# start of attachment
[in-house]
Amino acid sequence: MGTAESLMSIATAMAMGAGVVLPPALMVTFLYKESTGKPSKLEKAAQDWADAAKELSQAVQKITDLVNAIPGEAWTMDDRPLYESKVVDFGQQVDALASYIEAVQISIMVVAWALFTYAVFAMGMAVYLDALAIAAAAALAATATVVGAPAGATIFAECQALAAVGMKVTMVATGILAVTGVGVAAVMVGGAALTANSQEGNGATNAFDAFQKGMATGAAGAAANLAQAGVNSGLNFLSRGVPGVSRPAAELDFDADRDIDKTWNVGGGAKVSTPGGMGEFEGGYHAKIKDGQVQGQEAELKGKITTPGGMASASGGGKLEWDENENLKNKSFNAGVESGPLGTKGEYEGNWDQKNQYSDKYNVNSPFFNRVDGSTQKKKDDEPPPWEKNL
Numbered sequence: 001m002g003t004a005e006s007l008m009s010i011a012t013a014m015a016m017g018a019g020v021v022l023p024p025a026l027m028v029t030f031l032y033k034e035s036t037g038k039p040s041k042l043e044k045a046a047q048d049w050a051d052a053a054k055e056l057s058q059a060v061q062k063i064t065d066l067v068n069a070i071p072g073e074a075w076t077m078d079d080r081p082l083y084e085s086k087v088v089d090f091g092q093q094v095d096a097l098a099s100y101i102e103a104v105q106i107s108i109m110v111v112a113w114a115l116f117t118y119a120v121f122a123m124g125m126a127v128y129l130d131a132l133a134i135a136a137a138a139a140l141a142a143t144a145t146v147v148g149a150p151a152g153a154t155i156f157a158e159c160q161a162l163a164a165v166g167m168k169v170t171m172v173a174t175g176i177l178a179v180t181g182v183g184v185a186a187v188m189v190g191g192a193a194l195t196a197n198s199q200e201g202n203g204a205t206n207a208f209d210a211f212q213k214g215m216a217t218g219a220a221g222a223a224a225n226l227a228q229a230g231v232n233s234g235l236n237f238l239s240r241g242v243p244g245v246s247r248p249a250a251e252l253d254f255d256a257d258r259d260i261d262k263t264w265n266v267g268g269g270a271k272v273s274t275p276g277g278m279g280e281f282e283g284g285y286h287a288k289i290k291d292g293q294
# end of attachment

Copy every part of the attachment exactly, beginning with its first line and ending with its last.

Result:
[in-house]
Amino acid sequence: MGTAESLMSIATAMAMGAGVVLPPALMVTFLYKESTGKPSKLEKAAQDWADAAKELSQAVQKITDLVNAIPGEAWTMDDRPLYESKVVDFGQQVDALASYIEAVQISIMVVAWALFTYAVFAMGMAVYLDALAIAAAAALAATATVVGAPAGATIFAECQALAAVGMKVTMVATGILAVTGVGVAAVMVGGAALTANSQEGNGATNAFDAFQKGMATGAAGAAANLAQAGVNSGLNFLSRGVPGVSRPAAELDFDADRDIDKTWNVGGGAKVSTPGGMGEFEGGYHAKIKDGQVQGQEAELKGKITTPGGMASASGGGKLEWDENENLKNKSFNAGVESGPLGTKGEYEGNWDQKNQYSDKYNVNSPFFNRVDGSTQKKKDDEPPPWEKNL
Numbered sequence: 001m002g003t004a005e006s007l008m009s010i011a012t013a014m015a016m017g018a019g020v021v022l023p024p025a026l027m028v029t030f031l032y033k034e035s036t037g038k039p040s041k042l043e044k045a046a047q048d049w050a051d052a053a054k055e056l057s058q059a060v061q062k063i064t065d066l067v068n069a070i071p072g073e074a075w076t077m078d079d080r081p082l083y084e085s086k087v088v089d090f091g092q093q094v095d096a097l098a099s100y101i102e103a104v105q106i107s108i109m110v111v112a113w114a115l116f117t118y119a120v121f122a123m124g125m126a127v128y129l130d131a132l133a134i135a136a137a138a139a140l141a142a143t144a145t146v147v148g149a150p151a152g153a154t155i156f157a158e159c160q161a162l163a164a165v166g167m168k169v170t171m172v173a174t175g176i177l178a179v180t181g182v183g184v185a186a187v188m189v190g191g192a193a194l195t196a197n198s199q200e201g202n203g204a205t206n207a208f209d210a211f212q213k214g215m216a217t218g219a220a221g222a223a224a225n226l227a228q229a230g231v232n233s234g235l236n237f238l239s240r241g242v243p244g245v246s247r248p249a250a251e252l253d254f255d256a257d258r259d260i261d262k263t264w265n266v267g268g269g270a271k272v273s274t275p276g277g278m279g280e281f282e283g284g285y286h287a288k289i290k291d292g293q294